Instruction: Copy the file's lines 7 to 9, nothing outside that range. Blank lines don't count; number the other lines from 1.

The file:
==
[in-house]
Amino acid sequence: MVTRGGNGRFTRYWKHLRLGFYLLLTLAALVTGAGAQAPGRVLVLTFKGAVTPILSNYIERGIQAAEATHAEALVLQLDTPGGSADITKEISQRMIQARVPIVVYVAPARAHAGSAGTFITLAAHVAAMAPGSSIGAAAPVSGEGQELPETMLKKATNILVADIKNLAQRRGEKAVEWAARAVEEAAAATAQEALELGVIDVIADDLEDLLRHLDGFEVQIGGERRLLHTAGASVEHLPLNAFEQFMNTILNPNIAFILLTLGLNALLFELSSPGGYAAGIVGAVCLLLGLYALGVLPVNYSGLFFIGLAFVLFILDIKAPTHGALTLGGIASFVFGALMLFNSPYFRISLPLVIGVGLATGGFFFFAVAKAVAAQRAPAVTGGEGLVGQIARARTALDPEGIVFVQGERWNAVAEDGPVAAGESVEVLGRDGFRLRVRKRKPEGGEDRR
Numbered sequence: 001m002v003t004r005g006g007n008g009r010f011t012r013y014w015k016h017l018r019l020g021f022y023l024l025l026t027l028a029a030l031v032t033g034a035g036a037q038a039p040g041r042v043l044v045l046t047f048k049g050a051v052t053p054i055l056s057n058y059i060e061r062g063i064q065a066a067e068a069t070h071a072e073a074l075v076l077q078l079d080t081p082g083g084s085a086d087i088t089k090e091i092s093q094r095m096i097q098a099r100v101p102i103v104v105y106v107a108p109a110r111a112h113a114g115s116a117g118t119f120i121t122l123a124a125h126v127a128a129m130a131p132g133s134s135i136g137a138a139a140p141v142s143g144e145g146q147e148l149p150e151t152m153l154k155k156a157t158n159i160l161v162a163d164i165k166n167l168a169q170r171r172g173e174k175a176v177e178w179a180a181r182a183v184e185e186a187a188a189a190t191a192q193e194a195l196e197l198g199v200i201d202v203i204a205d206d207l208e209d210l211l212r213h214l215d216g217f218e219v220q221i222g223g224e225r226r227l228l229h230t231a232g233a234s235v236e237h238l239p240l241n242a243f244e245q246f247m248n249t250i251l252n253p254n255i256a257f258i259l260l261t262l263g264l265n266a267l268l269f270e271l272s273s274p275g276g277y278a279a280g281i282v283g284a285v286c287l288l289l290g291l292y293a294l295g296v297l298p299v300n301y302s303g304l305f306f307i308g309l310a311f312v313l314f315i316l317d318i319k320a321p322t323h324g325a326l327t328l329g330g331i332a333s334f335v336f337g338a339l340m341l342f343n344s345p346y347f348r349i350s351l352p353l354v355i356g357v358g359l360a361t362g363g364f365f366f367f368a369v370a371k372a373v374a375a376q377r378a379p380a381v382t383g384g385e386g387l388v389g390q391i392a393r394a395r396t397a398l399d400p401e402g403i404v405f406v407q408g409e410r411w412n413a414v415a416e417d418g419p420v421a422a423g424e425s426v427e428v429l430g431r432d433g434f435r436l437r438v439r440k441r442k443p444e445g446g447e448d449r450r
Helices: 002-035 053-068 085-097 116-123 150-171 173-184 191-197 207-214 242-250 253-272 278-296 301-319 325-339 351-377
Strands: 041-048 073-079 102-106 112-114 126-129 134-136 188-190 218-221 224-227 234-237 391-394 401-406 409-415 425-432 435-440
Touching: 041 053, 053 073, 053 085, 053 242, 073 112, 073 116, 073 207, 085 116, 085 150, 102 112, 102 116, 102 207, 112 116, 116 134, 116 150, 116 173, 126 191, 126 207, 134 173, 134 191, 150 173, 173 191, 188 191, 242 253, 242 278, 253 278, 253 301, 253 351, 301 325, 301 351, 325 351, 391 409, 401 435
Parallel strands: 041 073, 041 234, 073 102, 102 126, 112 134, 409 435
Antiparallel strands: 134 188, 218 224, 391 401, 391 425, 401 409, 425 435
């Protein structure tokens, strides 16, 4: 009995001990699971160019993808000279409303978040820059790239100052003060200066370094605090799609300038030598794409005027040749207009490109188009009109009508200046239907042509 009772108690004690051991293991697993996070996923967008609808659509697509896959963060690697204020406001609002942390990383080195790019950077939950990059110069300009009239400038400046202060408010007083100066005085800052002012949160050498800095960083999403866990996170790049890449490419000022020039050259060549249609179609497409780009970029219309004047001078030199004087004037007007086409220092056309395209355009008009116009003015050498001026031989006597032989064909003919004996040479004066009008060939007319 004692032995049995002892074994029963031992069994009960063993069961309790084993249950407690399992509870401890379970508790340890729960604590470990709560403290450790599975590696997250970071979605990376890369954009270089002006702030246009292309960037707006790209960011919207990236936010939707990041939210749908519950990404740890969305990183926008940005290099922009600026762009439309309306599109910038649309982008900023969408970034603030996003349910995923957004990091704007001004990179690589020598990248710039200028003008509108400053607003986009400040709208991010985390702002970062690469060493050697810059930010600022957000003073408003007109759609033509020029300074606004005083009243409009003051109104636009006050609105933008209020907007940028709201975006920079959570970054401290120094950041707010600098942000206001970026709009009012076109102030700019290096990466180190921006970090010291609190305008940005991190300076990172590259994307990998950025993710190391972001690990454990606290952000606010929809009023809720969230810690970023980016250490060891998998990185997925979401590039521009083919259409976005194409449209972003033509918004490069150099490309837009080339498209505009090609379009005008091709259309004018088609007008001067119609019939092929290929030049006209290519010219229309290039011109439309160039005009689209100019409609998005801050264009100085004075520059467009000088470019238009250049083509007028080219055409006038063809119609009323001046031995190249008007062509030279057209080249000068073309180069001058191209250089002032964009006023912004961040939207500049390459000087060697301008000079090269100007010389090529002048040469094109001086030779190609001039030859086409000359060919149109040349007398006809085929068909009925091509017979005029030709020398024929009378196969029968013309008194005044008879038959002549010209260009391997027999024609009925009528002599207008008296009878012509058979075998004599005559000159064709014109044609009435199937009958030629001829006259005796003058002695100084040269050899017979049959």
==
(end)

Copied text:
Parallel strands: 041 073, 041 234, 073 102, 102 126, 112 134, 409 435
Antiparallel strands: 134 188, 218 224, 391 401, 391 425, 401 409, 425 435
């Protein structure tokens, strides 16, 4: 009995001990699971160019993808000279409303978040820059790239100052003060200066370094605090799609300038030598794409005027040749207009490109188009009109009508200046239907042509 009772108690004690051991293991697993996070996923967008609808659509697509896959963060690697204020406001609002942390990383080195790019950077939950990059110069300009009239400038400046202060408010007083100066005085800052002012949160050498800095960083999403866990996170790049890449490419000022020039050259060549249609179609497409780009970029219309004047001078030199004087004037007007086409220092056309395209355009008009116009003015050498001026031989006597032989064909003919004996040479004066009008060939007319 004692032995049995002892074994029963031992069994009960063993069961309790084993249950407690399992509870401890379970508790340890729960604590470990709560403290450790599975590696997250970071979605990376890369954009270089002006702030246009292309960037707006790209960011919207990236936010939707990041939210749908519950990404740890969305990183926008940005290099922009600026762009439309309306599109910038649309982008900023969408970034603030996003349910995923957004990091704007001004990179690589020598990248710039200028003008509108400053607003986009400040709208991010985390702002970062690469060493050697810059930010600022957000003073408003007109759609033509020029300074606004005083009243409009003051109104636009006050609105933008209020907007940028709201975006920079959570970054401290120094950041707010600098942000206001970026709009009012076109102030700019290096990466180190921006970090010291609190305008940005991190300076990172590259994307990998950025993710190391972001690990454990606290952000606010929809009023809720969230810690970023980016250490060891998998990185997925979401590039521009083919259409976005194409449209972003033509918004490069150099490309837009080339498209505009090609379009005008091709259309004018088609007008001067119609019939092929290929030049006209290519010219229309290039011109439309160039005009689209100019409609998005801050264009100085004075520059467009000088470019238009250049083509007028080219055409006038063809119609009323001046031995190249008007062509030279057209080249000068073309180069001058191209250089002032964009006023912004961040939207500049390459000087060697301008000079090269100007010389090529002048040469094109001086030779190609001039030859086409000359060919149109040349007398006809085929068909009925091509017979005029030709020398024929009378196969029968013309008194005044008879038959002549010209260009391997027999024609009925009528002599207008008296009878012509058979075998004599005559000159064709014109044609009435199937009958030629001829006259005796003058002695100084040269050899017979049959």